A Guide To Tofu
Health and Wellbeing
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Health and Wellbeing
Here’s everything you need to know about this plant-protein ingredient and how to cook with it.
Tofu is a food made from soya milk which is curdled and pressed into solid white blocks—similar to how cheese is made by curdling and solidifying milk. Soy milk is mixed with a coagulant, usually nigari. This is the solution you get when you extract salt from sea water. It’s full of minerals, and is used to help solidify tofu and maintain its shape. They’re simmered until the curds and the whey separate, then placed into molds and pressed until the whey is drained.
Tofu varies in firmness, and it all depends on how it’s processed. The longer it’s pressed, the firmer the tofu will be. When shopping for tofu, you’ll find that it comes in different degrees of firmness: silken, soft, firm and extra firm. They all have different textures and culinary properties, so which kind of tofu you use will depend on the recipe you’re making.
Tofu originated in China some 2,000 years ago, and legend has it that a Chinese cook discovered it by accident when he mixed soy milk with nigari. It was introduced to Japan in the eighth century, and didn’t arrive in the Western world until the 1960s when the appeal of healthy eating started to rise. Today, it’s a budget-friendly way of including plant-based protein into your diet.
Tofu is an excellent source of protein, making it a popular choice for vegetarians and vegans. It also contains all nine essential amino acids and is a good plant source of the minerals iron, calcium, manganese, phosphorus, magnesium, copper, zinc and vitamin B1.
A 100g serving contains:
0.5g sat fat
Tofu is thought to provide the same health benefits as soya beans. Soya protein can help reduce the risk of heart disease and lower levels of bad cholesterol. It also reduces inflammation of the blood vessels and improves their elasticity.
Consuming tofu has also been shown to reduce the risk of certain cancers including breast cancer, prostate cancer and stomach cancer. This protective effect comes from isoflavones, a class of plant-derived flavonoids which have antioxidant, anticancer, antimicrobial and anti-inflammatory effects.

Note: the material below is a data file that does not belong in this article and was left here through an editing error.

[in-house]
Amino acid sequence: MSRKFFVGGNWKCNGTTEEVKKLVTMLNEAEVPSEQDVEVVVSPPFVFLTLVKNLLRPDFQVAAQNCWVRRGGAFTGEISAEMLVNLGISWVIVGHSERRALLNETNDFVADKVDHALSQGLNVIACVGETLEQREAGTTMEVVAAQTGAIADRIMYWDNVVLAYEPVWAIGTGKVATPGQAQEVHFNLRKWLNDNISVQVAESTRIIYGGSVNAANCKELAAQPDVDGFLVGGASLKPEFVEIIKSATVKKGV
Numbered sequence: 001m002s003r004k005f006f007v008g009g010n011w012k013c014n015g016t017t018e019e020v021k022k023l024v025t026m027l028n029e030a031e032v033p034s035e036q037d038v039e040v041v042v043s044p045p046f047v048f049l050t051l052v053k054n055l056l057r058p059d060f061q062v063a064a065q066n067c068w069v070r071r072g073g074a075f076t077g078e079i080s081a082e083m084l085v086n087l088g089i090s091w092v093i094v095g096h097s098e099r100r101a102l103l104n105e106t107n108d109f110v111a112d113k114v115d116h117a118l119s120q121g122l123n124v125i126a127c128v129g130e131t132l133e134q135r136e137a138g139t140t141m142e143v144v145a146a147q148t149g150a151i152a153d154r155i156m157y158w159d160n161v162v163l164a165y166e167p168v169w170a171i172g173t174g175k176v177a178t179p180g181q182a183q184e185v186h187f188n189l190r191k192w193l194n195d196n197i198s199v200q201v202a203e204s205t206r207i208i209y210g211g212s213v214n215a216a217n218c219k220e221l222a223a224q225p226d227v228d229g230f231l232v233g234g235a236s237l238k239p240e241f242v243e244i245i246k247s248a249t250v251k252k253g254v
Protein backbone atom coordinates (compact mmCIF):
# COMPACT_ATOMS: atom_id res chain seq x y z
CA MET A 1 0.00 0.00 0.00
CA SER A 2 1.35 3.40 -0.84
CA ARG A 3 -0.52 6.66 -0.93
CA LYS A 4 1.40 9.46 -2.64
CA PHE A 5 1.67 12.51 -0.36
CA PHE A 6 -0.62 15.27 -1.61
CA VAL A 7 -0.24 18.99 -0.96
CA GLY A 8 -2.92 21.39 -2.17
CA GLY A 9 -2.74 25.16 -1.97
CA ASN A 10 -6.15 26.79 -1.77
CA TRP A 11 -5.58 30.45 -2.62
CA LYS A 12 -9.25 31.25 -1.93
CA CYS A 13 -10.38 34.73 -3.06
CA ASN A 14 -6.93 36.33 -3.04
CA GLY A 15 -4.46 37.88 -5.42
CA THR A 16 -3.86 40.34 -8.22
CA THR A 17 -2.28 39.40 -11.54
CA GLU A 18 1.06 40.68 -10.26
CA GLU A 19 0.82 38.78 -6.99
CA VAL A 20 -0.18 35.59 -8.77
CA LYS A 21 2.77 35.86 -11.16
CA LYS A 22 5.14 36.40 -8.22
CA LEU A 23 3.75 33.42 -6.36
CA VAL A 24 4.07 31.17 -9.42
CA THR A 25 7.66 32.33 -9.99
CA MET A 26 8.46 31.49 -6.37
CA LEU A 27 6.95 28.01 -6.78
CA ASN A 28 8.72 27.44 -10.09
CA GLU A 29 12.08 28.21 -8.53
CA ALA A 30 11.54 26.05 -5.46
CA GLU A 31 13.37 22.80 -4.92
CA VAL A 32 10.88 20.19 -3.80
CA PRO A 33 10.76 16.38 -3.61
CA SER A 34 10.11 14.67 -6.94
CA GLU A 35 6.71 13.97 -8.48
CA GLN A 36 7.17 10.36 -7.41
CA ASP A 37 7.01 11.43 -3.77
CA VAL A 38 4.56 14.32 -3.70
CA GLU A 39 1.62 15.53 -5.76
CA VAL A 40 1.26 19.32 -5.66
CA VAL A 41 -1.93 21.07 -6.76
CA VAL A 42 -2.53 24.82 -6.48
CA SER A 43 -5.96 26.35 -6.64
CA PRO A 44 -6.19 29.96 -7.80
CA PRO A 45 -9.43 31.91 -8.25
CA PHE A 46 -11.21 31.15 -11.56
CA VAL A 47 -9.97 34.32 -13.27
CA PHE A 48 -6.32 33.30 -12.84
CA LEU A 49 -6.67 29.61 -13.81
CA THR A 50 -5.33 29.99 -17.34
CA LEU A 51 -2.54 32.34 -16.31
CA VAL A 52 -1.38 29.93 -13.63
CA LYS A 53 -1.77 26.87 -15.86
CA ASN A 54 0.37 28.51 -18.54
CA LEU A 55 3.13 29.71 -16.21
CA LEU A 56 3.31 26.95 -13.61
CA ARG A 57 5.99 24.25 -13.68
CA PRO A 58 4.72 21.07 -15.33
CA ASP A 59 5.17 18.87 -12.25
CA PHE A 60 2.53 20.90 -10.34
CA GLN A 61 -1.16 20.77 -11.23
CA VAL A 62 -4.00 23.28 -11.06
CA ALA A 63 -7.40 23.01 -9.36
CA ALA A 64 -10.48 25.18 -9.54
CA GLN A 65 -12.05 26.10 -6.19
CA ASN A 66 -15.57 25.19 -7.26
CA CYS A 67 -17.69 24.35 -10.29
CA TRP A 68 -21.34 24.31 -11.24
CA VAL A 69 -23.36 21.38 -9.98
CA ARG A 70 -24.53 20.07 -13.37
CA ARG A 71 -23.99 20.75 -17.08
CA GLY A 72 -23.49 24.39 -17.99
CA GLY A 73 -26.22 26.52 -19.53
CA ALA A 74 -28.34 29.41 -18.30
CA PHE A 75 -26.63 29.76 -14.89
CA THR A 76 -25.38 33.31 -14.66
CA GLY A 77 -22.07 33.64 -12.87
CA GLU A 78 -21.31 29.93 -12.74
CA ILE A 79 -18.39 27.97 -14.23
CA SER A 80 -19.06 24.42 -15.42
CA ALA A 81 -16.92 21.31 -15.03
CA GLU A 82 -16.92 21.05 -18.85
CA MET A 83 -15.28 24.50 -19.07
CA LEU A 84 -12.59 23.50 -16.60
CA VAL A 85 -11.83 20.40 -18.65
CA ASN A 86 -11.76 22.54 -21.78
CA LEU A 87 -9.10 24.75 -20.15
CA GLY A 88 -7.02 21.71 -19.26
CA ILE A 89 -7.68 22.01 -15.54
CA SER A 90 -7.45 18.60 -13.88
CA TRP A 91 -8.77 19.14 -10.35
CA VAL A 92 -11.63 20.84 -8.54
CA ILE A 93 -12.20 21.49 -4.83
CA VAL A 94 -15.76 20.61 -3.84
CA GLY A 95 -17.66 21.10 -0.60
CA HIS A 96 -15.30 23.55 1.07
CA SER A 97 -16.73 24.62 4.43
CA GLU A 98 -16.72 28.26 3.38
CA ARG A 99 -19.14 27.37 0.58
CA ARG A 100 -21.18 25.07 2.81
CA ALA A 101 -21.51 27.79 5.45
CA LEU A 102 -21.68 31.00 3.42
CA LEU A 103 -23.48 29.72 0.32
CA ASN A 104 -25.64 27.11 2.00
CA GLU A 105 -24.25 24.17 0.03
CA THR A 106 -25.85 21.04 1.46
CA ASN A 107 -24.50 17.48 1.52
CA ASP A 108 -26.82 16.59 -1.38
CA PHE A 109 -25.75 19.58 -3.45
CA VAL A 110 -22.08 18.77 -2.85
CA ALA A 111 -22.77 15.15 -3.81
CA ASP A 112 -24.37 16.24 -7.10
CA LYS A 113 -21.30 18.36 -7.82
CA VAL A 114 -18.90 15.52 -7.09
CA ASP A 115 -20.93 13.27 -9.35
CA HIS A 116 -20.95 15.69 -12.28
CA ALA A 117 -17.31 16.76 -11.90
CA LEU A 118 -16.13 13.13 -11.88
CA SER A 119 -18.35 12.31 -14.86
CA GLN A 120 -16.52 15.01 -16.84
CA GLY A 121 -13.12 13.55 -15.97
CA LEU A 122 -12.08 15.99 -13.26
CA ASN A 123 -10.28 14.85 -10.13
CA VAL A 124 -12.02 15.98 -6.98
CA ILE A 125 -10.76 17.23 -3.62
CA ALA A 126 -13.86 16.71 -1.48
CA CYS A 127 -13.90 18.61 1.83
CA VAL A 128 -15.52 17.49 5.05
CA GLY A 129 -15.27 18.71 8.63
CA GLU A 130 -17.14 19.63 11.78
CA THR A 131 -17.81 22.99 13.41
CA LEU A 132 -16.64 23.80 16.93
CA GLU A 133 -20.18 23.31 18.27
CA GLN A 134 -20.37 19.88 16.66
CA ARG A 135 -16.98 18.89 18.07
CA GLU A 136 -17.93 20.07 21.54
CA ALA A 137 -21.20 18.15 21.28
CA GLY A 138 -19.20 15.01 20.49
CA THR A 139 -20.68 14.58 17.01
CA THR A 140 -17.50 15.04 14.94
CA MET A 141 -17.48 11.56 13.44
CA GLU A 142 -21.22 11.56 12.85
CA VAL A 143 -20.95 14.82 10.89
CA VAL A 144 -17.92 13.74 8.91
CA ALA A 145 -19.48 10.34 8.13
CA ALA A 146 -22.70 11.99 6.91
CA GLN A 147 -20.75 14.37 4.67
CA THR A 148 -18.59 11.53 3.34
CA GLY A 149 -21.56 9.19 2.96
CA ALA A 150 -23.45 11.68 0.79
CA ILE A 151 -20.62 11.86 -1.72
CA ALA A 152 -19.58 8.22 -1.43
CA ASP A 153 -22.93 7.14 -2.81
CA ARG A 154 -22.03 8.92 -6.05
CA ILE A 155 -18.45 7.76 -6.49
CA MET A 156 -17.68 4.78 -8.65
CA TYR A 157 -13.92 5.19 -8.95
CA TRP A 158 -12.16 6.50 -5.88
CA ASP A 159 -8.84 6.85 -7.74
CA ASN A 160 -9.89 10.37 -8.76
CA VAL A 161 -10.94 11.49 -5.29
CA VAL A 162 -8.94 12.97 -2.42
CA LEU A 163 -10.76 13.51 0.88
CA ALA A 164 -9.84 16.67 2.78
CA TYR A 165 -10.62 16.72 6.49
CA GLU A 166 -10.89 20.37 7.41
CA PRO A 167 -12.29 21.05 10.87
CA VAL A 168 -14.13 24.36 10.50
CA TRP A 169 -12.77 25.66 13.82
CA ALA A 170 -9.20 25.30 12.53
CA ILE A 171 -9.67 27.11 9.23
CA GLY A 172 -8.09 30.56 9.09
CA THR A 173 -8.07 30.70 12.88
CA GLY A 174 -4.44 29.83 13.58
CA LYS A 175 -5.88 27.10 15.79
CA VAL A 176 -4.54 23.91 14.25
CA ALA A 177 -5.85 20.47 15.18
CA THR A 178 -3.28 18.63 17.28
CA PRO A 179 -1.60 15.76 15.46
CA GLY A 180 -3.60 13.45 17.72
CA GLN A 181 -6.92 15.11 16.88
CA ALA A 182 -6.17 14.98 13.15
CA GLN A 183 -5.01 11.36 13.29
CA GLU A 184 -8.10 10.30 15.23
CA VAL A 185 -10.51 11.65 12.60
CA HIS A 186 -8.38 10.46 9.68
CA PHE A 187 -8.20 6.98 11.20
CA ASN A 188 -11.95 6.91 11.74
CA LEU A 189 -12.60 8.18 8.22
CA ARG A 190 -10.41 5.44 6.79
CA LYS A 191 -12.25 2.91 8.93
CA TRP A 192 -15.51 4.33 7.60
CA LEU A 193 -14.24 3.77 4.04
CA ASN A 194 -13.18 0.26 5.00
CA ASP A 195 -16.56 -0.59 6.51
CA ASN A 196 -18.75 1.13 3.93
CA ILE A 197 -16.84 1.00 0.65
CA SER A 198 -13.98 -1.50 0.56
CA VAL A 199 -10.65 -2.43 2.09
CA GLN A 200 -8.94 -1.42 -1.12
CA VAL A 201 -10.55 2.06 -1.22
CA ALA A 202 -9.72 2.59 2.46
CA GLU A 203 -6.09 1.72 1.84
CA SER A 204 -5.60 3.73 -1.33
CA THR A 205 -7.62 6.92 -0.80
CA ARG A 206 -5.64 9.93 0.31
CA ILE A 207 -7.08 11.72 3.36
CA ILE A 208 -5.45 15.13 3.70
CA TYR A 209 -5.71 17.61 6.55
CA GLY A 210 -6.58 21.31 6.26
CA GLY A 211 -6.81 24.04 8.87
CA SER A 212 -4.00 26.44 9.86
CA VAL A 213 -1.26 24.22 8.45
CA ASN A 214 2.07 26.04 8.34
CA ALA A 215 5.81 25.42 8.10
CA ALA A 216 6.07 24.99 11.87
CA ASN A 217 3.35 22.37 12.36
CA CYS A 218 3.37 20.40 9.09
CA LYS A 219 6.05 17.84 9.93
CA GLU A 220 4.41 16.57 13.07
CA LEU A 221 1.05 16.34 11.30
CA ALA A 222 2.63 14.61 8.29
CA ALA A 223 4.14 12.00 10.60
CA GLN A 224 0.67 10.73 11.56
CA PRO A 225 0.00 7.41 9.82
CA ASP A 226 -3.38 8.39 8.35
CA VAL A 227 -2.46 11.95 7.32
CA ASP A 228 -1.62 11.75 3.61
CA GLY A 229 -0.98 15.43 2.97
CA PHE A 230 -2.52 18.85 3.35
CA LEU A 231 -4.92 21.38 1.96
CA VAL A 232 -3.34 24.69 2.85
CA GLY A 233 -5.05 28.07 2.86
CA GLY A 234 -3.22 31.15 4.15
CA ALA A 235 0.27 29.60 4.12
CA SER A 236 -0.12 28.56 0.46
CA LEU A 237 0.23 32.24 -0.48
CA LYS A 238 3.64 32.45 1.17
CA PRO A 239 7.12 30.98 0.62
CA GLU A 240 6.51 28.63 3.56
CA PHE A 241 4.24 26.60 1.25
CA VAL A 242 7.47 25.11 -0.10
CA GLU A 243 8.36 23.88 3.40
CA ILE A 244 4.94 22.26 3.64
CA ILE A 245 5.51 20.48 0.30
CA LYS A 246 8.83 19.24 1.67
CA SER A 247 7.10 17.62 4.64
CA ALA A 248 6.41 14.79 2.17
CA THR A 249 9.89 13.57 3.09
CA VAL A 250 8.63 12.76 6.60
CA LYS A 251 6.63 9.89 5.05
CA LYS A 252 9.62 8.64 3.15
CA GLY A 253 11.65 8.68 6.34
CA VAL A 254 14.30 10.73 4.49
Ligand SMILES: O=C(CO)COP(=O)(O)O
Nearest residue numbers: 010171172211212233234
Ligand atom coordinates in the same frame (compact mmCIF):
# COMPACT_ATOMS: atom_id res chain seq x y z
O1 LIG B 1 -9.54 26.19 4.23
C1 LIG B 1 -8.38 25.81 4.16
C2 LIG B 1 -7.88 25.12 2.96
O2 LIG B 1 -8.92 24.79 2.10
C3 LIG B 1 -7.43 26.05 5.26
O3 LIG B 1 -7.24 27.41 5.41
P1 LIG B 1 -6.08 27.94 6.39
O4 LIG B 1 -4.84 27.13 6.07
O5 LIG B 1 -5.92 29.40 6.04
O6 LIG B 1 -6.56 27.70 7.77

Although tofu is quite flavourless on its own, this is what makes it such a versatile ingredient to cook with. It can be cooked in many different ways, whether that’s grilled, deep fried, stir fried, steamed, baked or even added to a smoothie.
Before you start cooking, it’s best to press the excess water out of the tofu by patting it with a tea towel or kitchen roll. This gives it a firmer, less slimy bite. When cooking tofu, you don’t need to let it sit for too long as it very quickly absorbs whatever sauce, marinade or spices you’re using.
Add chopped tofu to curries and stews, fried rice, vegetable or noodle stir-fries, and pan roasted vegetables. You can pan-fry it with sesame and garlic sauce, add it to lasagna, or even coat it with breadcrumbs and deep fry it as a snack to serve with a dipping sauce. When it’s barbecue weather, marinate tofu with your favourite marinade and grill (we love this fiery Jamaican marinade).
Silken tofu is very delicate and requires careful handling. It’s great in saucy recipes as it has a creamy texture and adds character to a dish without overpowering the flavours. Use it as a substitute for eggs or yoghurt, or in dressings, pasta sauces, tofu scramble, vegan pies and cheesecakes, smoothies and puddings.
Here are some more tasty recipes which use tofu:
Tempeh is another soy-based protein and a traditional Indonesian food. But unlike tofu which is made from soy milk, tempeh is made from fermented whole soybeans which are shaped into a dense, compact cake. It has a firmer, chewier texture than tofu, and is great for grilling and frying. It also has a higher protein and fibre content than tofu. Check out our top 10 tempeh recipes here.
You can find tofu in the refrigerated section of supermarkets and Asian shops. Once the packet is opened, tofu should be rinsed, covered with water and kept in the fridge in a sealed container. Tofu can be kept in the fridge for up to a week as long as the water is changed often. You also keep it in the freezer in an airtight bag for up to three months, although you may notice the colour changing into a yellowish hue.
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